It’s difficult to find the words to describe my level of desperation at this stage. You’ve got to understand, this was no longer an issue just about family and societal acceptance. It was an issue of whether I’d spend eternity in hell with the devil or in heaven with Jesus and all my Christian friends. As a ‘born again’, ‘bible believing’ Christian at that time, the acceptance or rejection of my homosexuality had eternal consequences. I felt cursed. I don’t know how many times I screamed at God ‘IT’S NOT FAIR!!!’

Two years after leaving the program I found a lovely Christian young woman in a country church who became my wife. I thought I’d found my miracle.  For nearly twenty years I lived as an ‘ex-gay’, married, with children  and became a high profile preacher; preaching in Australia megachurches. Was I intentionally deceiving everyone? Actually, the person I was deceiving the most was myself. Denial, justification and mental gymnastics are the survival tools of ‘ex-gays’. To let any of those defence mechanisms slip means our entire false reality will come crashing down with devasting results for us and all those around us. I thought one day sex might bring me undone, but it was love actually. It did fall apart. ‘Fall apart’ is too soft. My world imploded/exploded, the pieces never to be put back together again. Let me tell you about some of the immediate and long-term impacts of a RGCT experience.

The ex-ex-gay closet

For many ‘ex-gays’, like myself, coming out is not like it is for others. Pride? What’s that? Our coming out is clouded. Very clouded. It’s a reluctant acceptance. We feel shame, a sense of failure, and often a subconscious belief that we’ll go to hell now we’ve ‘given in’ to our homosexuality as we’d often been told. We’re damaged goods. It’s not a healthy place to be mentally; just like believing you’re possessed by homosexual demons isn’t.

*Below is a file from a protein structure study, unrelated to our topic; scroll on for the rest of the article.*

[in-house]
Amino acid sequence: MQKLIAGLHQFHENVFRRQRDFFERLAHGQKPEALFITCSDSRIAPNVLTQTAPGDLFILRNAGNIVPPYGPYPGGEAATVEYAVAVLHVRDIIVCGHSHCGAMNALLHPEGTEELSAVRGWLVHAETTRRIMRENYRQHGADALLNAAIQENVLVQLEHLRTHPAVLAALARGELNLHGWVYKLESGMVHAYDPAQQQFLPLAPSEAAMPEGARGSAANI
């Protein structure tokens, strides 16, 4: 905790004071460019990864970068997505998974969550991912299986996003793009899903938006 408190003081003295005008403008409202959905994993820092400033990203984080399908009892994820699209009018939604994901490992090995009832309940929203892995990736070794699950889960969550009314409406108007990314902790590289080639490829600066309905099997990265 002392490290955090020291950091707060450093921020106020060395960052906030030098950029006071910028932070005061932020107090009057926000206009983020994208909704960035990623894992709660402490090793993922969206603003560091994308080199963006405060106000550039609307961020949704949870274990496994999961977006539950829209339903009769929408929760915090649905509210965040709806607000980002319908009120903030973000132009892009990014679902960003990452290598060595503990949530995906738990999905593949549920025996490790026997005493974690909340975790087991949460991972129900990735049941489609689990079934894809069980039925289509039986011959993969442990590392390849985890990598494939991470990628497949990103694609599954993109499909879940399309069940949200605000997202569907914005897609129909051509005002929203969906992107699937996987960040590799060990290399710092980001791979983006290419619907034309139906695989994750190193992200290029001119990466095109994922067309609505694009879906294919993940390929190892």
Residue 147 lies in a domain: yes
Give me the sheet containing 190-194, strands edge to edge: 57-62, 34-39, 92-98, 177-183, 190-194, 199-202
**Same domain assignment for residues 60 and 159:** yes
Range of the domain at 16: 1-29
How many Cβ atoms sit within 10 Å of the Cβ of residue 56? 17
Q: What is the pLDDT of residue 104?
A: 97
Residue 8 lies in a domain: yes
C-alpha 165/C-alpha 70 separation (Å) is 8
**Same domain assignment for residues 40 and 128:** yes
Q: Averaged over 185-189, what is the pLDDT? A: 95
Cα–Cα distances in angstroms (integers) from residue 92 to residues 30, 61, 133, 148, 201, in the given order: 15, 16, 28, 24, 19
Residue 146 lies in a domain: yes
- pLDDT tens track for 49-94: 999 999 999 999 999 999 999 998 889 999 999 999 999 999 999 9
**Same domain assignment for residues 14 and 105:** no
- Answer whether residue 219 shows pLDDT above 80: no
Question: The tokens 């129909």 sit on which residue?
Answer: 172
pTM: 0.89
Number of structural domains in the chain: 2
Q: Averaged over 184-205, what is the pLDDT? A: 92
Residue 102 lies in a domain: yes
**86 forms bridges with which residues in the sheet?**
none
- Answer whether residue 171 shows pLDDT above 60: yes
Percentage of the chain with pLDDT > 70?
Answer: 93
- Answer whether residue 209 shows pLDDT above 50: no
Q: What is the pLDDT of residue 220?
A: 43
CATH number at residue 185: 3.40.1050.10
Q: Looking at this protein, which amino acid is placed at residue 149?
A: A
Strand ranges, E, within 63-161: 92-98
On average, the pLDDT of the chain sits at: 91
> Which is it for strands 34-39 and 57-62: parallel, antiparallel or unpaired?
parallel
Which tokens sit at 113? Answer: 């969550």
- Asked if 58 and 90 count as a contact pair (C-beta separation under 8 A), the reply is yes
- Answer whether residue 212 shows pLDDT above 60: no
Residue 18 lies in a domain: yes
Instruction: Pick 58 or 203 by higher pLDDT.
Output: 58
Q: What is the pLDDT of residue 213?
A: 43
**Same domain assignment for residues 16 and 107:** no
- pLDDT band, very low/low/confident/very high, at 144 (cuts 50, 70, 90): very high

We usually hide our past and it’s not a conversation we have with members of our new LGBTI tribe. They already believe we were fools to swallow that religious stuff so why embarrass ourselves further by telling our stories of pain and struggle to strangers in a bar? We wonder, can we trust our new-found friends with our secrets? We’ve moved from one closet into another: closets of shame, fear and secrets.

‘From my experience, working with RGCT survivors since 2000, there’s a 5-15 year period where we are in our “ex-ex-gay” closet.’ 

It would be difficult for us to talk about our past anyway. Many of us have PTSD issues and not all of us even aware of it. The trauma lies locked in a dungeon we don’t want opened, fearing the pain, grief and anger might destroy us.

From my experience working with RGCT survivors since 2000, there’s a 5-15 year period where we are in our ‘ex-ex-gay’ closet.  Well, that’s if self-destructive behaviours haven’t ravaged our lives, or that our crippled emotional state meant we couldn’t connect with meaningful long-term safe relationships.  And anyway, we’ve had it drilled into us for years that the ‘gay lifestyle’ means drugs, sex (lots of sex), unsustainable relationships and loneliness, and so the negative conditioning we’ve had all those years continues to impact us like a self-fulfilling prophecy.  If at this point you are thinking as a RGCT therapy survivor, this is not me, then you want to thank God. From my experience you are the exception not the rule.

Coming out of the second closet